The sun and the wind were in full force. Ahead of me lay a visual feast of endless green and blue. Wild grasses waved ardently, seemingly to say hello while I climbed the winding route. Abundant deers went about their own business and totally ignored my presence. It was a beautiful day.
“Who in their right mind would climb a hill at 3pm in the afternoon?” I wondered while struggling up the steep path. I consoled myself that it shall be worth it when (and if) I ever reach the mid-point of Mount Wakakusa.
Located in the ancient capital, Nara, Mount Wakakusa stands tall and beautiful at 342 meters above sea level. This is a hill that has always been associated with heat of some sort, and I certainly felt its prowess on a blazing summer afternoon. Formerly a volcano, this bald hill is ignited with sacred fire every year on the fourth Saturday of January during Yamayaki (a mountain-burning festival).
Despite its proximity to the famous Todaiji Temple and Kasuga Taisha, Mount Wakakusa tends to be overlooked as an attraction to foreign visitors. Perhaps this is due to its limited access. To protect the grass, Mount Wakakusa is closed at certain times of the year. I count my lucky stars to be able to visit this idyllic sanctuary.
At the foothill, a nominal fee of ¥150 shall give one unlimited entry on the same day – that is if you have enough energy to go to and fro. Upon payment, a map in Japanese language will be given. Do not worry if you are not a native speaker, as the drawings are pretty comprehensive. Also, the friendly receptionist tried her best to explain the layout of the vicinity in spite of our language barrier.
Toilet facilities and drinks vending machines are located at the bottom of the hill. To avoid being caught off guard by ‘nature calls’ during your trek, it is best to visit the washroom before proceeding further. Otherwise, you have to wait until you reach the summit.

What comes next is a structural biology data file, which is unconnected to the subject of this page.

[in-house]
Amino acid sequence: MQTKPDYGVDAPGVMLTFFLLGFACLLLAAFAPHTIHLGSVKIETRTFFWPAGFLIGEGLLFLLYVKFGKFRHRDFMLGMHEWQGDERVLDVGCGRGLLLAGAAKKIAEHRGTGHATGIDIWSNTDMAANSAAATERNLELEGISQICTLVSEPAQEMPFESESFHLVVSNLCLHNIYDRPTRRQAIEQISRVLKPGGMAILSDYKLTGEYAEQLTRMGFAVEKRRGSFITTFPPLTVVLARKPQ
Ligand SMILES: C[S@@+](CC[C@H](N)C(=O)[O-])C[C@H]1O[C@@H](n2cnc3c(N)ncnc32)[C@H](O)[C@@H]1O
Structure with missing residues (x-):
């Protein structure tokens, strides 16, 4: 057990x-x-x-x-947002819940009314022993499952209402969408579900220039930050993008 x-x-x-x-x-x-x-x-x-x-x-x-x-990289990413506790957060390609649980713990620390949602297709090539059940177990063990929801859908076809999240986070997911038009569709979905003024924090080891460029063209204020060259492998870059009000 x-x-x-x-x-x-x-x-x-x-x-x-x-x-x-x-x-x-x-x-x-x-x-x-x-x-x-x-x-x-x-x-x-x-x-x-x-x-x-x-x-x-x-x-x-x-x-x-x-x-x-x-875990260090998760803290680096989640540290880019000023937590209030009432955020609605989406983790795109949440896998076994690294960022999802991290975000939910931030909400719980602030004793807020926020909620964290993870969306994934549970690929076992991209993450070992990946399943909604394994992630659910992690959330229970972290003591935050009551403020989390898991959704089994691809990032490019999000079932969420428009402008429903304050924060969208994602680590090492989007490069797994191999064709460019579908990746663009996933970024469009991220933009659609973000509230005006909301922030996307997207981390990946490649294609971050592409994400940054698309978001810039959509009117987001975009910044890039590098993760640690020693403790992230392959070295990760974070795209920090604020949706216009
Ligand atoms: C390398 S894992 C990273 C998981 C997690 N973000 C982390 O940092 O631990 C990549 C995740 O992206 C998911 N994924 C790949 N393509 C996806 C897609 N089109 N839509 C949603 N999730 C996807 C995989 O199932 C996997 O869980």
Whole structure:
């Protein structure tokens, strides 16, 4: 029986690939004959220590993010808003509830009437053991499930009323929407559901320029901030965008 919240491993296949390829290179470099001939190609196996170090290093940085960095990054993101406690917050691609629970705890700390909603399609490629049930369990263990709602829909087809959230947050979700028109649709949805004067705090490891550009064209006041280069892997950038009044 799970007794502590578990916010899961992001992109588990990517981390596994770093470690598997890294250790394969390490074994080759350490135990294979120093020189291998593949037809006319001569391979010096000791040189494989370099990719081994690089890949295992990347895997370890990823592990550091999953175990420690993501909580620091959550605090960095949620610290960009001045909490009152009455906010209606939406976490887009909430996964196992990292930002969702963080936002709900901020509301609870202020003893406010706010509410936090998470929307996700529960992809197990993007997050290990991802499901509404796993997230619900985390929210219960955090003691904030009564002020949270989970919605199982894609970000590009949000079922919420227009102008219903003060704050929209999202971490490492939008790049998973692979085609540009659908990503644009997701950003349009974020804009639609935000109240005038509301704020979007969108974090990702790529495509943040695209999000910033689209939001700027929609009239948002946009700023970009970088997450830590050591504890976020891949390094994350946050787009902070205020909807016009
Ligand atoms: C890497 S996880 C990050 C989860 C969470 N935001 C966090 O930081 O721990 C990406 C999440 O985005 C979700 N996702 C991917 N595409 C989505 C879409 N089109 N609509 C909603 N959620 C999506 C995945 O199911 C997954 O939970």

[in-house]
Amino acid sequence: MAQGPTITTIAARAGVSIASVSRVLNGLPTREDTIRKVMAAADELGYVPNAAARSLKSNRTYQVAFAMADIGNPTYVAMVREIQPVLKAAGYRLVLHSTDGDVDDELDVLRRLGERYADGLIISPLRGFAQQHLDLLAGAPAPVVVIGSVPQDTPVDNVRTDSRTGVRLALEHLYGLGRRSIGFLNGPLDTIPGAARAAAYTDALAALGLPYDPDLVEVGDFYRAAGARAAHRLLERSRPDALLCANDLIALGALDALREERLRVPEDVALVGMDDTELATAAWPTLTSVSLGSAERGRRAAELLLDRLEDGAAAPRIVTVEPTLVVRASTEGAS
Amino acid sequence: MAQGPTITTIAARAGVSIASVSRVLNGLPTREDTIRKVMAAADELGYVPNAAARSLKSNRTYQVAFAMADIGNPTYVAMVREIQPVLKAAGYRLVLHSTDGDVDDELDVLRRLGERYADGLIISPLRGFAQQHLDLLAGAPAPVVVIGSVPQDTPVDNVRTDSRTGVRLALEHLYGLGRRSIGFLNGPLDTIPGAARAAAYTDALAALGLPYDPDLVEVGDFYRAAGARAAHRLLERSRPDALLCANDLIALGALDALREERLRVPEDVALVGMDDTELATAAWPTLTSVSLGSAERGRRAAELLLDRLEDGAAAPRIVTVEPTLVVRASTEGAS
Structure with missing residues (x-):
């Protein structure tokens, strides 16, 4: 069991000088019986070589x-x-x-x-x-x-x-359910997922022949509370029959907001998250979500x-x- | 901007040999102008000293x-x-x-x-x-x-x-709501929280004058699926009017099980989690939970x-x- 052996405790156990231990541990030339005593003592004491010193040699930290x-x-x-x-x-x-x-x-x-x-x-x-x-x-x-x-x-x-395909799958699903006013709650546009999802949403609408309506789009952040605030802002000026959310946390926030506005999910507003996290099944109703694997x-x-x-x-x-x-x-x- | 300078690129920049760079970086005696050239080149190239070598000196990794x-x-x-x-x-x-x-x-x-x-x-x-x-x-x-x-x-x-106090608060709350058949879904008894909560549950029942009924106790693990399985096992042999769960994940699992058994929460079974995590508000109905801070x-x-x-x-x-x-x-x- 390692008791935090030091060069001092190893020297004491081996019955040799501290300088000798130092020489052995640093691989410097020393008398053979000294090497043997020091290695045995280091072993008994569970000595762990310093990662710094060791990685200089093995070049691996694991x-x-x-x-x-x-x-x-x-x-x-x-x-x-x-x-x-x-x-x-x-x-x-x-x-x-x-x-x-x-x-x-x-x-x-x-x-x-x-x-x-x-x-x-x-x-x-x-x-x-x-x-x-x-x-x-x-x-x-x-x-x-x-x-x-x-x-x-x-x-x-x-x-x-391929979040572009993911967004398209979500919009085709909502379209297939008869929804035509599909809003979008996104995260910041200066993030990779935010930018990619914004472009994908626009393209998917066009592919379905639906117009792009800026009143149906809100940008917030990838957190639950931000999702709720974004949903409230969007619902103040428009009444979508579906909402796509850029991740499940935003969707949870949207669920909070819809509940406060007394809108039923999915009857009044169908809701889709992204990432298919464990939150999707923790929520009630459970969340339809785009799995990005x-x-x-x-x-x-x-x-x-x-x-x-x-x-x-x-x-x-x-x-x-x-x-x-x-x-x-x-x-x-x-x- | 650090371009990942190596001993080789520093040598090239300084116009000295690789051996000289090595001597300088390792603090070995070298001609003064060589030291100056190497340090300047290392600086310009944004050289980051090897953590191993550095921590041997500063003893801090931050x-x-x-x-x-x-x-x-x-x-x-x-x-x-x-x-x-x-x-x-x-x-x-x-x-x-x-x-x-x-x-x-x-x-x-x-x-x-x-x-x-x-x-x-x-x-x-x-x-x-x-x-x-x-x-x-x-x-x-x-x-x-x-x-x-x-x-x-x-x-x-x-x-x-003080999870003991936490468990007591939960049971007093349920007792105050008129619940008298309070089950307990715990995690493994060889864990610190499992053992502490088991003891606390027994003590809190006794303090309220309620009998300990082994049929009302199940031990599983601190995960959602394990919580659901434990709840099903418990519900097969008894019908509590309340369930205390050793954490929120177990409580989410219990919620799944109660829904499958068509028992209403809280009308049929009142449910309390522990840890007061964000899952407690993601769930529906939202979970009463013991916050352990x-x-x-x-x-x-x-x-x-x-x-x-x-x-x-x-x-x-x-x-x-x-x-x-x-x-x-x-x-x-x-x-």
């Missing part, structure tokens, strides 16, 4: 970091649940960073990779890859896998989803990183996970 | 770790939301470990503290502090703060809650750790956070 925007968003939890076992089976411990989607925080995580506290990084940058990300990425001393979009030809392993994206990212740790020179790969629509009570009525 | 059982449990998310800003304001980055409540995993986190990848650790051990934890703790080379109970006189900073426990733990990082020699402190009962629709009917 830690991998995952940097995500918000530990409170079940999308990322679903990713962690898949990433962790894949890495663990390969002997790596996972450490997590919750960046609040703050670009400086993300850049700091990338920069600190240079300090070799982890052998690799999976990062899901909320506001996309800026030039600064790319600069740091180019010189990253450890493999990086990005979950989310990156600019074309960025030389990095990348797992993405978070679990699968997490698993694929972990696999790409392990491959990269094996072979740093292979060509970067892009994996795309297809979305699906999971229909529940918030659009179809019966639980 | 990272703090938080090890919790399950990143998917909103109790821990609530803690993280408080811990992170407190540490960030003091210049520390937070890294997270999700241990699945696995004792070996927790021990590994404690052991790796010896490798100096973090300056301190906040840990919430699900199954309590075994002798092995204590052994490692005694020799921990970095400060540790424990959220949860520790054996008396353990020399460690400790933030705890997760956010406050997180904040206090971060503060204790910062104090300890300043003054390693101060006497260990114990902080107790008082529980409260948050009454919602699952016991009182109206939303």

Some parts of the route are rather steep but it is easy to trek, even for amateur trekkers (like myself). I was told that the walk to mid-hill would take about 15 minutes but as I was grossly unfit, it took me close to 30minutes to reach.
Despite the strong afternoon glare, it was very windy. All I could see were miles of green and blue. The clouds lay low, and it seems that I can almost touch them if I just reach out. The world sits at my feet, as I happily munched on my Nara-style sushi bento. Lunch with a beautiful view in the nature is simply priceless.
Somewhere from afar, the wind carried sounds of laughter. I can see no one, but there must be crazy people like myself who did not mind braving the summer heat on this bald hill!
To avoid getting sunburnt, always apply sunblock lotion! Alternatively, this is also a great place to do sunbathing. However, do bear in mind to be dressed appropriately. After all, Japan is an Asian country!
Lured by the prospect of drinks vending machine and toilet facilities, I trekked on after my sumptuous lunch. Along the way, the beautiful scenery distracted me with every step that I took but before I knew it, I have reached the observatory deck at the topmost summit.
Only then did I realised that there is an alternative way to visit Mount Wakakusa! Travelling by car makes this viewing platform easily accessible and it is wheelchair-friendly as well!
This also seems to be the preferred mode of travel for couples who are on date! Consoling myself that I had a great workout, I looked out at the city of Nara alongside my fellow human comrades and… deers.
As the sun starts to set, crows flew gaily in circles abovehead. Mount Wakakusa is also reputed for its beautiful night scenery. However, there are no street lamps. Hence, if you are planning to stay till dark – do remember to bring a torch and be extra careful!